Fine food doesn't have to involve fancy crockery or choking prices.
Chefs from some of the world's Michelin-star kitchens are launching restaurants designed around small menus and casual eating.
These restaurants, not exactly hidden, but not as high profile as their Michelin-starred parents, offer dishes similar in quality to Michelin-worthy fare, without the high prices.
Matt Orlando is the former head chef of Copenhagen's Noma, the Michelin-two-starred restaurant rated the world's best restaurant for three straight years.
On July 17, he'll open Amass in Copenhagen, a 60-seat restaurant in a warehouse space that follows Noma's ethos of all-local, creatively prepared produce.
Prices run about DKK 575 ($100) for a multi-course tasting menu or DKK 375 ($66) for a simpler three-course lunch with wine pairing.
Compare that with the DKK 2,500 ($438) you'll fork out at Noma for a tasting menu with wine pairing.
"We want to create a restaurant you can visit every week," Orlando says.
In contrast, Noma is invariably a one-off experience for most.
Orlando keeps things affordable by limiting the quantity rather than quality of his ingredients -- for example, foie gras is smoked and shaved over beetroot as a flavoring rather than the star attraction.
For Orlando, Amass is a personal project.
He wants to recreate the informal, open feel of a gathering with friends and family.
But with lower overheads and a larger potential clientele, casual dining restaurants are also a safer investment, particularly with a star chef on the bill.
Their menus involve simpler, cheaper ingredients, so chefs get to dazzle with basic dishes.
At burger joint &Made in Singapore, founder Bruno Menard, of triple-Michelin-starred L'Osier in Tokyo, creates burgers made of three different types of beef, then cooks them sous-vide ("under a vacuum") before a turn on the griddle to create a perfectly juicy patty.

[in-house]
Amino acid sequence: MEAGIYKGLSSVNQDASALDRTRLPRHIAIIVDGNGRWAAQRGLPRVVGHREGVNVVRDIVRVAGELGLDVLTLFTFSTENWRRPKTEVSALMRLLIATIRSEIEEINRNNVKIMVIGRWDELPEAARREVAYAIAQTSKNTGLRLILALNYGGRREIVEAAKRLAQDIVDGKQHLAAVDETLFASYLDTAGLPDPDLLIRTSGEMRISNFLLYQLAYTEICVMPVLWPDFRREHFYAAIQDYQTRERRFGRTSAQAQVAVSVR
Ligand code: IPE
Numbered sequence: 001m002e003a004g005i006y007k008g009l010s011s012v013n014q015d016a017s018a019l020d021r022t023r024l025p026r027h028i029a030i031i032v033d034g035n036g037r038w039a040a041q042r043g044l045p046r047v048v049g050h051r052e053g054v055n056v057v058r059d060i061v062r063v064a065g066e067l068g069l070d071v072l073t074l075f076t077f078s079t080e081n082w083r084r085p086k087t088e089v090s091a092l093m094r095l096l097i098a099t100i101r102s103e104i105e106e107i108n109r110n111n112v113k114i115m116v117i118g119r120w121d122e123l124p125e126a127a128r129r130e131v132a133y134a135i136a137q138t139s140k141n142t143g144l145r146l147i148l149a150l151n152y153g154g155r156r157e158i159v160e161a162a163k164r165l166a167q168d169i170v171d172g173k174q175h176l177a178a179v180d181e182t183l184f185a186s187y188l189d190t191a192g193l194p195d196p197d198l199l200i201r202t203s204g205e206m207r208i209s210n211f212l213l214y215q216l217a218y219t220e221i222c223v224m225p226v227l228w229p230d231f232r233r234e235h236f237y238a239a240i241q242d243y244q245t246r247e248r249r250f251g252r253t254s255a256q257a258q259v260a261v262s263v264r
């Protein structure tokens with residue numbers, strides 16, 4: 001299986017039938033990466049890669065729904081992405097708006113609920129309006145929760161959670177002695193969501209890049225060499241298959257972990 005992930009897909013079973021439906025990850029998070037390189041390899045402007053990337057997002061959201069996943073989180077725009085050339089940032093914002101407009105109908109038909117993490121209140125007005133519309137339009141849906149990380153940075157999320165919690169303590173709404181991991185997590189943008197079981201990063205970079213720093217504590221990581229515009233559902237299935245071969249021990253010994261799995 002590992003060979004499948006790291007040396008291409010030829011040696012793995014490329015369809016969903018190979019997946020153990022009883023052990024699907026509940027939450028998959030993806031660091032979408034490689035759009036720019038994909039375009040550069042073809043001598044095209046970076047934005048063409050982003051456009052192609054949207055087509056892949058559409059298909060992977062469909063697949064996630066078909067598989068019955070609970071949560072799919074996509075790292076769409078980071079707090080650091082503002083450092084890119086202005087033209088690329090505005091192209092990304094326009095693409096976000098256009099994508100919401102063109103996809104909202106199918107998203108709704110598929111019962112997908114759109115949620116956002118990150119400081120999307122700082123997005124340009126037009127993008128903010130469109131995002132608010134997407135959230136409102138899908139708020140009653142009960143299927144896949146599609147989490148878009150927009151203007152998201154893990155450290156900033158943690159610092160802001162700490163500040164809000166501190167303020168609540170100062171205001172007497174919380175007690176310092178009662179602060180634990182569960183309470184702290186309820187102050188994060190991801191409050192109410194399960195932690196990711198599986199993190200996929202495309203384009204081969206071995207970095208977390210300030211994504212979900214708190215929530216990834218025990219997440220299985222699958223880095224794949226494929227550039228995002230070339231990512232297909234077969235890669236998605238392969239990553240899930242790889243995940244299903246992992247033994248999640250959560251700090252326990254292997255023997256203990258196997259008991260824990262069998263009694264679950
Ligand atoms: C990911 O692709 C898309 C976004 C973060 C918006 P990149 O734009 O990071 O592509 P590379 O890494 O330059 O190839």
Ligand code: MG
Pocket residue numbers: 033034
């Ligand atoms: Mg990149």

Single-dish classics from hot dogs to Japanese ramen have gotten the Michelin makeover, particularly in London where informal restaurants and reinvented comfort food are huge right now.
Nuno Mendes is the owner of Michelin-starred Viajante and the founder of London's annual The Long Table pop-up food market.
In 2011, he opened Corner Room, an informal cafe with a menu styled on Viajante's.
It sits just across the hall, sharing the same production kitchen and the same chefs so that, Mendes says, people from his neighborhood can enjoy his cooking in a similar but more laid-back -- and affordable -- environment.
"Fine dining is expensive [for restaurateurs] and a dying art," Mendes says. "A lot of it was getting too serious, and Londoners see dining as fun.
"They're catching on to restaurants with no tablecloths and relaxed service, where wine is fun and you can share your food."
London is fertile ground for chefs-turned-restaurateurs, and Noma is an equally busy training ground.
Its alumni, from chef de partie to executive chefs, have gone on to open restaurants in London, Oslo, Dublin, New York and Warsaw.
"When you're management at Noma, you're very independent and you develop a sense of ownership over your job," Orlando says.
"I think that's the trigger for people to start their own projects."